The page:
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joining a table to a user-defined function??? RRS feed

  • Question

  • Suppose I have a SQL Server table named 'gadget'. 'gadget' has an integer field named 'gadget_key', which is the primary key of the table.

    Now suppose I have a user-defined function named 'udf_gadget_values'. This function takes as its input parameter an integer variable named '@nGadgetKey'. This function returns a table which will always contain exactly one record. This one record has one field named 'nGadgetKey', which contains the same value that was passed to the function in parameter '@nGadgetKey'

    I would like to join the table 'gadget' with the table that function 'udf_gadget_values' returns kind of like this:

    SELECT TOP 10 *
    FROM gadget, udf_gadget_values(gadget.gadget_key)

    The purpose of this query is to get the top 10 records from 'gadget', as well as the values associated with each record, as returned by the function.

    The real issue is this: how do I pass gadget.gadget_key to the function as an input parameter?  Or if this will not work, is there an alternative?
    Wednesday, May 25, 2005 3:27 PM

Answers

  • Hi,

    This syntax is neither supported in Yukon nor Shiloh.  I believe the problem is that the output rowset cannot be materialized until the function is evaluated, and yet, the function cannot be evaluated until the output rowset is materialized.

    In Yukon we've introduced a new relational operator called CROSS APPLY that you could use in scenarios like this.  The LHS of CROSS APPLY is a table source and the RHS is a table-valued function.  The formal input parameters of the function can be bound to actual column values materialized in the LHS rowset.  In other words, for each row of the LHS, evaluate the function on the RHS and JOIN the results to the LHS, resulting in >=1 row in the ultimate output rowset.  In essense, it solves the problem described above by assigning a formal and well-defined evaluation strategy to the LHS and RHS of the CROSS APPLY.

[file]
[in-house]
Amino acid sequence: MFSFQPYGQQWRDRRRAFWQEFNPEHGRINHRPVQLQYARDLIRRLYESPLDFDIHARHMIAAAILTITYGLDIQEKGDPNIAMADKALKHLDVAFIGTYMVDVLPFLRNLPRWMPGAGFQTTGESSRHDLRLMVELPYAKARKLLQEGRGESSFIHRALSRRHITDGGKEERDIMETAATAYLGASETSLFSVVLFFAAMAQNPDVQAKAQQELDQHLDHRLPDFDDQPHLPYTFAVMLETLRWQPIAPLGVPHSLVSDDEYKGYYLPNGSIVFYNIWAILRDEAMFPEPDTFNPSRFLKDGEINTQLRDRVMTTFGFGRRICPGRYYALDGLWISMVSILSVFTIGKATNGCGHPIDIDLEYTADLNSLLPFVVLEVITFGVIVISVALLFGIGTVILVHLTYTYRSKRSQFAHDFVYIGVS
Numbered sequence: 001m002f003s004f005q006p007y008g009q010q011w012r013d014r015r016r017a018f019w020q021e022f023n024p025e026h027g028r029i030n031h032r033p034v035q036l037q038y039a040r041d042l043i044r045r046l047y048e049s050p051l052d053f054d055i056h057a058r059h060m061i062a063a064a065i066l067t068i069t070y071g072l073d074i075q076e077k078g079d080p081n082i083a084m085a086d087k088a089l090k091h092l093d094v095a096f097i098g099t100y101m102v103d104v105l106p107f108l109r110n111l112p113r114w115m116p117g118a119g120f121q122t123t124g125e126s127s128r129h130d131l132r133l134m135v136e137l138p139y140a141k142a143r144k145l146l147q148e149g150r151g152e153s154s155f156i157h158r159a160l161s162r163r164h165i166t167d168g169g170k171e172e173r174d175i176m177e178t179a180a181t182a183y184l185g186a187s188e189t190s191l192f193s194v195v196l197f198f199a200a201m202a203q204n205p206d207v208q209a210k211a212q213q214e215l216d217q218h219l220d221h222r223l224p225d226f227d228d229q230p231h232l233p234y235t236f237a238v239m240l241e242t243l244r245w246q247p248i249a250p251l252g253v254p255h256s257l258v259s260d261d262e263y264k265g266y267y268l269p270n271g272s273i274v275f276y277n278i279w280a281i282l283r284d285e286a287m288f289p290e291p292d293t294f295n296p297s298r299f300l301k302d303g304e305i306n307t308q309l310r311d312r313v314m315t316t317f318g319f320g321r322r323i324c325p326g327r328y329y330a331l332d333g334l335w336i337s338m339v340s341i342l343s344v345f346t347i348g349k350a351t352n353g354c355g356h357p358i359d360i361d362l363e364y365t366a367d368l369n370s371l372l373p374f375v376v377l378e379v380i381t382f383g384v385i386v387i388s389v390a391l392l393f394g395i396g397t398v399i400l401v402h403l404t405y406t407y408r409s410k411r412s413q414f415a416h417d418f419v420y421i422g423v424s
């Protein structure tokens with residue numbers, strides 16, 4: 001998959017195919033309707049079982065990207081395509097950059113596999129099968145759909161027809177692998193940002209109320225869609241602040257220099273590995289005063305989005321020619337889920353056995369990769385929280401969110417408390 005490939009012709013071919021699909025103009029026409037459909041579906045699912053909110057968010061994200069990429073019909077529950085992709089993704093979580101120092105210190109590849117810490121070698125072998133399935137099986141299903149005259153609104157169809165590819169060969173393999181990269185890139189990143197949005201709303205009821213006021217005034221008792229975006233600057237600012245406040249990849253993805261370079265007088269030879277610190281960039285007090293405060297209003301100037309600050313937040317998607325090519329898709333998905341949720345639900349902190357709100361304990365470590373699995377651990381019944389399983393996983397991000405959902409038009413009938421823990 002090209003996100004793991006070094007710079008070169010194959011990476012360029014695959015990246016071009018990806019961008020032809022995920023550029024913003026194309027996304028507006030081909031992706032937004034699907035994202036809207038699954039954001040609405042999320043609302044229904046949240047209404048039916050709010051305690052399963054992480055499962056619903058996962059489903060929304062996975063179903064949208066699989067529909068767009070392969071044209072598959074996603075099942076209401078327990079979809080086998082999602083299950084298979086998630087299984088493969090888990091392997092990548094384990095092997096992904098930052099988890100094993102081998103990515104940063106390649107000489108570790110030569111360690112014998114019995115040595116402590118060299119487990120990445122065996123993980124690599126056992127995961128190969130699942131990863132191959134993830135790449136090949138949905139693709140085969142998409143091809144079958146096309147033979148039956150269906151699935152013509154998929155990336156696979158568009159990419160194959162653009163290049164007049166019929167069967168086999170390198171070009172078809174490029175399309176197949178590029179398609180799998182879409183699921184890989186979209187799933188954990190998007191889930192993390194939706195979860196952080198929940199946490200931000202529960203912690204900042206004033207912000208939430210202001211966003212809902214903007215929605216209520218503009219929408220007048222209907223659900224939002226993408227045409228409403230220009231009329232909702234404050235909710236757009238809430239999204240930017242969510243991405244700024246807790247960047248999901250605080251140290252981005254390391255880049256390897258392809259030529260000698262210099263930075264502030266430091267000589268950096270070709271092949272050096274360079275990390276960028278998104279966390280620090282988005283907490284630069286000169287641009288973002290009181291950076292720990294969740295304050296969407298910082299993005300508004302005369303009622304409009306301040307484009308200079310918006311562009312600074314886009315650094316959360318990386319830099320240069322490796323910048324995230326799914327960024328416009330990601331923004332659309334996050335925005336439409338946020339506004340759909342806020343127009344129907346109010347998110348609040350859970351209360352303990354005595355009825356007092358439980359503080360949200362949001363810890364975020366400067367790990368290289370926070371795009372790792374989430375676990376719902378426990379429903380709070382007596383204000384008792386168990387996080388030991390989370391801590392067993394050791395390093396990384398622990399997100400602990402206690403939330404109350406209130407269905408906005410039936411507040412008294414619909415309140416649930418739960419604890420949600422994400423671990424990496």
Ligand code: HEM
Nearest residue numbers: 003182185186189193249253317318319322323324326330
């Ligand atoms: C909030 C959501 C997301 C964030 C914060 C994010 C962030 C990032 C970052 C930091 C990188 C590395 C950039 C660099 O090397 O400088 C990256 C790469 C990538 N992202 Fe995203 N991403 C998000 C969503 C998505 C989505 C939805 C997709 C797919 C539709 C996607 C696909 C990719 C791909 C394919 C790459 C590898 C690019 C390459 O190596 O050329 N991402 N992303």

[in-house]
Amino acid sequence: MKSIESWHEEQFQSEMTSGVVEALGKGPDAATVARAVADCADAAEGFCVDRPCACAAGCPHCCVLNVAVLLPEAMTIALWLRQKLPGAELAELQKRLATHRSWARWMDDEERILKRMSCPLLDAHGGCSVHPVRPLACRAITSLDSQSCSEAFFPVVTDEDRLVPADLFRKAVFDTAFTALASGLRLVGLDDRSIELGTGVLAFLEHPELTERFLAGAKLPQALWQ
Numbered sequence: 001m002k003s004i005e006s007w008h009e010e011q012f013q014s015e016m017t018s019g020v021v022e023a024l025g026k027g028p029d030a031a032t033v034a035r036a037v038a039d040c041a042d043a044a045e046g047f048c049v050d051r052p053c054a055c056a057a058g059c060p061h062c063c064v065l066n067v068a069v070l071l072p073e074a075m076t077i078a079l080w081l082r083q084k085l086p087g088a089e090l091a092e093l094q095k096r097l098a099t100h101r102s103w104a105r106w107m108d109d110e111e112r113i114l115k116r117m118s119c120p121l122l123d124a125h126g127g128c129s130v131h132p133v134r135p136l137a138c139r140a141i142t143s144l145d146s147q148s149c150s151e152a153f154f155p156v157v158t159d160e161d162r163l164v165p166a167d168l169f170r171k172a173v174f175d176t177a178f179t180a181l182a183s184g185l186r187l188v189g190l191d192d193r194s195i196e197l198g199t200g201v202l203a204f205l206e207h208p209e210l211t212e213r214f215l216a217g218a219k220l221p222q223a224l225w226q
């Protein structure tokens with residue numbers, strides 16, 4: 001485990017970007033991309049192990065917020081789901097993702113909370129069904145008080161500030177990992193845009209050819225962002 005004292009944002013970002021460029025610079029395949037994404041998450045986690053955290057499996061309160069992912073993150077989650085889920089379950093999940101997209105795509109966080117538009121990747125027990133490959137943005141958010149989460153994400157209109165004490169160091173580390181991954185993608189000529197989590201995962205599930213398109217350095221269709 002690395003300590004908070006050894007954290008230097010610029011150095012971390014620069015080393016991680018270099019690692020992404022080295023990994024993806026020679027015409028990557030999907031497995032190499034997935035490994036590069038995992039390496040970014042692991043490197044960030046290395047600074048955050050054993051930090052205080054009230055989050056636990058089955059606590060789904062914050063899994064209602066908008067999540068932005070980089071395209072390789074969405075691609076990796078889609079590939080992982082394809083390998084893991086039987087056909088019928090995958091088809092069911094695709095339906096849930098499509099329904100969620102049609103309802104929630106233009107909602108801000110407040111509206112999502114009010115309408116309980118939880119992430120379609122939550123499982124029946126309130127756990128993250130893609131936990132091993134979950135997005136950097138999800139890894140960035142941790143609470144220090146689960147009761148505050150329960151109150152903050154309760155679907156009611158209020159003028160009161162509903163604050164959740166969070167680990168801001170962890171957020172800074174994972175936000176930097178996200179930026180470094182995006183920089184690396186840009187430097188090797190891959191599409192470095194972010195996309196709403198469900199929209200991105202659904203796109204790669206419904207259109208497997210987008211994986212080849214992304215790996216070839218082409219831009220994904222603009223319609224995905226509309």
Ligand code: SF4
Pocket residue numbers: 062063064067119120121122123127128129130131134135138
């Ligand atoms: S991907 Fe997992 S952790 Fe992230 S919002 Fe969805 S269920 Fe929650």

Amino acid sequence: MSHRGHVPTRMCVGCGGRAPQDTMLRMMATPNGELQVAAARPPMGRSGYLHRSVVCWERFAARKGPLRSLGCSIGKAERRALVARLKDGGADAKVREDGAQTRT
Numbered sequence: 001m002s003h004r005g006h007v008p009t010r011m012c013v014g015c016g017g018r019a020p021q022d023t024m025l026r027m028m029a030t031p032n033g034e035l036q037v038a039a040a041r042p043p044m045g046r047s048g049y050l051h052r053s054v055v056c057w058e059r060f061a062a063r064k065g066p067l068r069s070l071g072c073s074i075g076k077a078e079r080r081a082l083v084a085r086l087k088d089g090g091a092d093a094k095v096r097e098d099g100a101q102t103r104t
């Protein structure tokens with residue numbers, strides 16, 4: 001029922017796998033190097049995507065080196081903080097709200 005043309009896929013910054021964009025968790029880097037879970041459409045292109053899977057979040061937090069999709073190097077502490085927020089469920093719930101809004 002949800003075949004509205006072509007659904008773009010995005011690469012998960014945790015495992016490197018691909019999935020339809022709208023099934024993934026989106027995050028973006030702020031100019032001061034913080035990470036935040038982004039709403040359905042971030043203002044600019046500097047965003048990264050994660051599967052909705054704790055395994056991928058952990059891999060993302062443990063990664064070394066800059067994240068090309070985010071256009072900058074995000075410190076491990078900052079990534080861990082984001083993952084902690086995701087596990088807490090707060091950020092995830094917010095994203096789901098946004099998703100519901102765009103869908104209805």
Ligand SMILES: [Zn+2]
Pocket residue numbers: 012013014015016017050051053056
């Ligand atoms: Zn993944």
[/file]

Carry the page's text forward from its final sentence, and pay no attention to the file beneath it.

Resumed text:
It would look like this:

    select * from gadget cross apply udf_gadget_values(gadget_key)

    Moreover, in Yukon, we've changed the parser to allow function input parameters to bind to correlated subqueries in FROM clause and in the projection list.  The examples below illustrate:

    -- Yukon :  works
    -- Shiloh: !works
    select * from gadget where exists
      (select * from udf_gadget_values(gadget.gadget_key))

    -- Yukon : works
    -- Shiloh: !works
    select *
    ,      (select gadget_desc
             from dbo.udf_gadget_values(gadget.gadget_key))
                                           as function_value
    from gadget


    Regards,
    Clifford Dibble
    Program Manager, SQL Server

    Wednesday, May 25, 2005 8:43 PM

All replies

  • Hi,

    This syntax is neither supported in Yukon nor Shiloh.  I believe the problem is that the output rowset cannot be materialized until the function is evaluated, and yet, the function cannot be evaluated until the output rowset is materialized.

    In Yukon we've introduced a new relational operator called CROSS APPLY that you could use in scenarios like this.  The LHS of CROSS APPLY is a table source and the RHS is a table-valued function.  The formal input parameters of the function can be bound to actual column values materialized in the LHS rowset.  In other words, for each row of the LHS, evaluate the function on the RHS and JOIN the results to the LHS, resulting in >=1 row in the ultimate output rowset.  In essense, it solves the problem described above by assigning a formal and well-defined evaluation strategy to the LHS and RHS of the CROSS APPLY.

    It would look like this:

    select * from gadget cross apply udf_gadget_values(gadget_key)